So the list of ideas goes on, but for me there is another factor to bear in mind. When we squeezed the Fratton End in to the old boundaries of the ground in the late 90s, we had to shorten the pitch by several yards and for me this has done nothing to help the attacking play as both teams get closed down much easier and long term is another factor to be addressed.

The only option I see is to look at a way of financing it when we know we can afford to and rather than doing it piecemeal, a complete redevelopment on the current site/immediate vicinity. I have depicted (courtesy of AA Route Planner and a blue highlighter pen) an ‘artist’s impression’ of how the new stadium could look:-

image

My plan involves extending the pitch by 6 yards (length) and the stadium would be moved around 40 yards to the north west, using the extra space gained between the ground and Tesco with the 4 new stands having larger dimensions as follows:-

• Fratton End – very similar single tier stand with approx 500 extra seats, enough to cope with the popular demand at that part of the ground but ensuring it retains its atmosphere.

• Milton End – an extra 10% added to its capacity and would be built with a steeper rake than the converted old terrace that is there now. Thus making way for a slightly wider Specks Lane with access to stand at the back rather than the sides. The roof could have a raised elevation with a transparent back to it, this would ensure there is no ‘ancient light’ issue for the houses in the adjacent Alverstone Road.

• South Stand – a small hotel and club museum could be built on the existing stand, thus ensuring the rear gardens of the houses on the north of Carisbrooke Road are still flush to the club premises. A new 2 tier stand could be built adjoining the new hotel and museum with a much bigger lower tier being the biggest difference to the stadium’s increased capacity, plus the addition of executive boxes. This would of course retain the mock tudor Frogmore Road entrance and former Pompey pub.

• North Stand – this would be a larger scale version of the existing site to depict the old north terrace at the front also with executive boxes. This could in fact be the new main stand as more space for a car park between the stadium and the new path way leading westwards from Alverstone Road.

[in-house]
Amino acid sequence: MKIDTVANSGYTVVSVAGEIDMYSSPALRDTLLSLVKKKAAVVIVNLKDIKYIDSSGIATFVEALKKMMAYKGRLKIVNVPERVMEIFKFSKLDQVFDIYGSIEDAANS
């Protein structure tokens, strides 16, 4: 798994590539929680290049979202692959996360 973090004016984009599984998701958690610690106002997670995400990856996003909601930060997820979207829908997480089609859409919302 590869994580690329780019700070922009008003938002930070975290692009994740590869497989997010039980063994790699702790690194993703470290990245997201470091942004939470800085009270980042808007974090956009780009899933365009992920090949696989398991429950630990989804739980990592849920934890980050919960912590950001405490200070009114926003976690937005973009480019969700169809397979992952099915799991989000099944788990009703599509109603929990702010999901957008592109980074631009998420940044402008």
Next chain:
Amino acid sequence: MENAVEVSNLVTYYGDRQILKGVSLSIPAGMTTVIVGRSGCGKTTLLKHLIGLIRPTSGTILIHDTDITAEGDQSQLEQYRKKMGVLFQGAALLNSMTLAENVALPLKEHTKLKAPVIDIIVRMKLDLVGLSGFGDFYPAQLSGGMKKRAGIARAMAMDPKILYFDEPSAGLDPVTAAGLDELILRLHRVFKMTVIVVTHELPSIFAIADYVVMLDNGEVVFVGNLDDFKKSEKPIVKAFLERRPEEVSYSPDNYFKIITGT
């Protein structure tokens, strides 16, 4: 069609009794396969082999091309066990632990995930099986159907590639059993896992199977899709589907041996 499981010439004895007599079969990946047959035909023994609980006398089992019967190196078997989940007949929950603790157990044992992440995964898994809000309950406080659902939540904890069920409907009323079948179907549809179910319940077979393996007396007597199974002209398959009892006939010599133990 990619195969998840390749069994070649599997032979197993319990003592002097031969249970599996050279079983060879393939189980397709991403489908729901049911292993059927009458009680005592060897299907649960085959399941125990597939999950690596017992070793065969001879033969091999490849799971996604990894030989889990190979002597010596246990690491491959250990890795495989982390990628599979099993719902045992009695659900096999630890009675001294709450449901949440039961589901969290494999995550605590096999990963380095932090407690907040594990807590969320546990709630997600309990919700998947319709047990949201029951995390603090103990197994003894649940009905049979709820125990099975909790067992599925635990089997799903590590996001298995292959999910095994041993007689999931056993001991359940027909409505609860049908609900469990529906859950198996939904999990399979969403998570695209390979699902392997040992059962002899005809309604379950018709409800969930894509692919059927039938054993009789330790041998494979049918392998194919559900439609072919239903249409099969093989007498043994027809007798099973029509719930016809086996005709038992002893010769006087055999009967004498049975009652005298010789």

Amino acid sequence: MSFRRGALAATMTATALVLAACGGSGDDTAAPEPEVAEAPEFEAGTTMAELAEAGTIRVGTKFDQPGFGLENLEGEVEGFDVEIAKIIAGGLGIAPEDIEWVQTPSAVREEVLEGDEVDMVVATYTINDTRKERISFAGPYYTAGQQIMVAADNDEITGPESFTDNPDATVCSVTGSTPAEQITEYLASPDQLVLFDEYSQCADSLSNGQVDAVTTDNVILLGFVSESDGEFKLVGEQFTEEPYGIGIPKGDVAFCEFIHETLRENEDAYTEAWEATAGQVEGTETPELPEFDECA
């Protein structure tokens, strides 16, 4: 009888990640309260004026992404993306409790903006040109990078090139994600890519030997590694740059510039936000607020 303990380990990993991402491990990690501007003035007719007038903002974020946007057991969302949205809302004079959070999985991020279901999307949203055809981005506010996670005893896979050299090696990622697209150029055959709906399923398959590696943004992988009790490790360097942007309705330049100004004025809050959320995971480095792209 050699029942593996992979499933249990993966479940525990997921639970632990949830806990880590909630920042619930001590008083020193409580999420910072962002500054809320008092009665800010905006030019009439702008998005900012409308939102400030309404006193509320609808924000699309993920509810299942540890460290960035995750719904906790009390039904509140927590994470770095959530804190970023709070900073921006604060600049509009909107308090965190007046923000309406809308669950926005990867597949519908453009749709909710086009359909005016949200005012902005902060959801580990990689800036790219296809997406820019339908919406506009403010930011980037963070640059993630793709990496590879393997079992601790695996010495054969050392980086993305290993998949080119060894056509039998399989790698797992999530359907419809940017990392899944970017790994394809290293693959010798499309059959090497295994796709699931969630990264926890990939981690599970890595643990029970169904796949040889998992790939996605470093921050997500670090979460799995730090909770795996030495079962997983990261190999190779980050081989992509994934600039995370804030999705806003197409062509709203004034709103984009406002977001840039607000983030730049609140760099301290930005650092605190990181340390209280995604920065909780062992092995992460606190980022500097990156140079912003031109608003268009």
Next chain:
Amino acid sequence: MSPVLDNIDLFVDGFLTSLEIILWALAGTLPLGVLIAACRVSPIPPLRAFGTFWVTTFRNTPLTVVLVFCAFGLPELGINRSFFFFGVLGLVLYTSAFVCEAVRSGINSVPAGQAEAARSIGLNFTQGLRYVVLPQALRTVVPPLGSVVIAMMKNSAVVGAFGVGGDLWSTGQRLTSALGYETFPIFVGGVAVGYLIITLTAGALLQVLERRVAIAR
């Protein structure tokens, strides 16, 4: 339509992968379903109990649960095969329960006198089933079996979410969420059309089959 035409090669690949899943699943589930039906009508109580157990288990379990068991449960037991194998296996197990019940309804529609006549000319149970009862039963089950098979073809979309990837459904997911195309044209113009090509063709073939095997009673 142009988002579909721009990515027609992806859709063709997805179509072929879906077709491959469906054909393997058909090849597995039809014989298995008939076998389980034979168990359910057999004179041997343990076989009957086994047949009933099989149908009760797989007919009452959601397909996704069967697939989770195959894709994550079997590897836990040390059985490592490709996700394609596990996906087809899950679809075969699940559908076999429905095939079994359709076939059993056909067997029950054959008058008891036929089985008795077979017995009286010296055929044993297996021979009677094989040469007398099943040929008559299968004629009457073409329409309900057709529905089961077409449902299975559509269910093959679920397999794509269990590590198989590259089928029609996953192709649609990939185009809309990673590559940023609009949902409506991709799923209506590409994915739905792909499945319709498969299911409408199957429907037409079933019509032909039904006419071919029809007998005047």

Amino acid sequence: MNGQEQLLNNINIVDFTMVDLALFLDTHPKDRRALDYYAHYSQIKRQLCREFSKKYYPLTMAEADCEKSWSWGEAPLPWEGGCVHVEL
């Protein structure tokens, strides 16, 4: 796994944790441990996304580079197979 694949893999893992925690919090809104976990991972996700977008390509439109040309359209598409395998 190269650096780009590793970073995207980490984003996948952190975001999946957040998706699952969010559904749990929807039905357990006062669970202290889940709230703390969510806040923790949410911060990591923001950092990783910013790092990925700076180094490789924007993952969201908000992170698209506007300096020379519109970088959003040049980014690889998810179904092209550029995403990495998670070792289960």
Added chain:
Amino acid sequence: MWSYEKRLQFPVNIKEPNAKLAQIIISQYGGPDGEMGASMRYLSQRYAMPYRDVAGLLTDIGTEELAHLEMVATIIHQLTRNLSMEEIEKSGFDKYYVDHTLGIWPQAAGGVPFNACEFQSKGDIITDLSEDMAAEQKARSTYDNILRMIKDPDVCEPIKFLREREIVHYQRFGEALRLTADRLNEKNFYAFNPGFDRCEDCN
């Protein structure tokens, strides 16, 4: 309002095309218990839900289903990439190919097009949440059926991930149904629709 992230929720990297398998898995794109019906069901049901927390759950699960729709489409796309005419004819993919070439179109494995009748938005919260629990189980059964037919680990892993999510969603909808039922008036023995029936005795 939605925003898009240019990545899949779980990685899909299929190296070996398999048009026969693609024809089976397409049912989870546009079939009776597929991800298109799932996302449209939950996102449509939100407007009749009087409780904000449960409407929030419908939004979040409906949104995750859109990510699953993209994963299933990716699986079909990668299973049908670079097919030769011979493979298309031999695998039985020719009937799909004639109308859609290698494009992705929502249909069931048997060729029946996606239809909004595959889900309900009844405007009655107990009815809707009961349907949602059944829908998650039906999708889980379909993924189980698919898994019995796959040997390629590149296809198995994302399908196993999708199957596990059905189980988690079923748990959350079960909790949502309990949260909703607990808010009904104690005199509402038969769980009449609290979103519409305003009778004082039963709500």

The stadium would therefore consist of 4 separate stands like now and could even have floodlight towers to keep another famous feature to our stadium. Other leftfield ideas that the club (and city council) could consider in relation to the stadium on match days include:-

• Expanding the city’s park and ride network to provide a link to Fratton Park on match days/evenings.

• Restoring the old Pompey pub (adjoining the Frogmore road entrance) to a match day only bar for members.

• Installing a wider bridge to link Byerley Road with Milton Lane over the railway line – always something of a bottleneck after the game.

The biggest obstacle of this idea (as well as the substation behind the north) is where to play in the meantime? Staying put and having a reduced capacity could be one option but again season ticket holders would be effected for a period of time. Ground sharing with another club. Well Southampton is geographically the best option but somehow I think this might just be forbidden, not least of all by the Police. So realistically for 2 seasons this leaves, Brighton, Bournemouth or Reading if any of them would agree to this.

For most fans it will be a catch 22 situation and extensive consultation by the club to the fans would need to be carried out to see whether a ground share 50 miles away or a half closed stadium for 2 seasons would be more cost effective and least inconvenience our fans.

Whilst this idea may go against the grain for a number of fans, in the long term this an excellent opportunity for Fratton Park to finally be a stadium from the modern era which also retains its authentic character at the same time.

Finally, what would we do if we were ever in a position in the decades to come when demand was such that 26k was not enough? Well that’s a nice dilemma to have and we could then consider filling in 2 or 3 corners or there may even be such a thing as safe standing. Both of which would easily ensure a stadium of circa 36k – but firstly let’s not run before we can walk and predict all these scenarios and of course the club need to run over these ideas (or any others) with a fine tooth comb including how and when it’s possible. But as we have waited as long as we have, what’s an extra 5 years or so to finally have a modern home that it is fitting for our status, fan loyalty and potential?

I’ll finish now by stating that when you are given a metaphoric blank piece of paper in life – it should never be a case of just ‘making do’ and honestly feel that the club can finally get it right this time.

‘Play Up Pompey’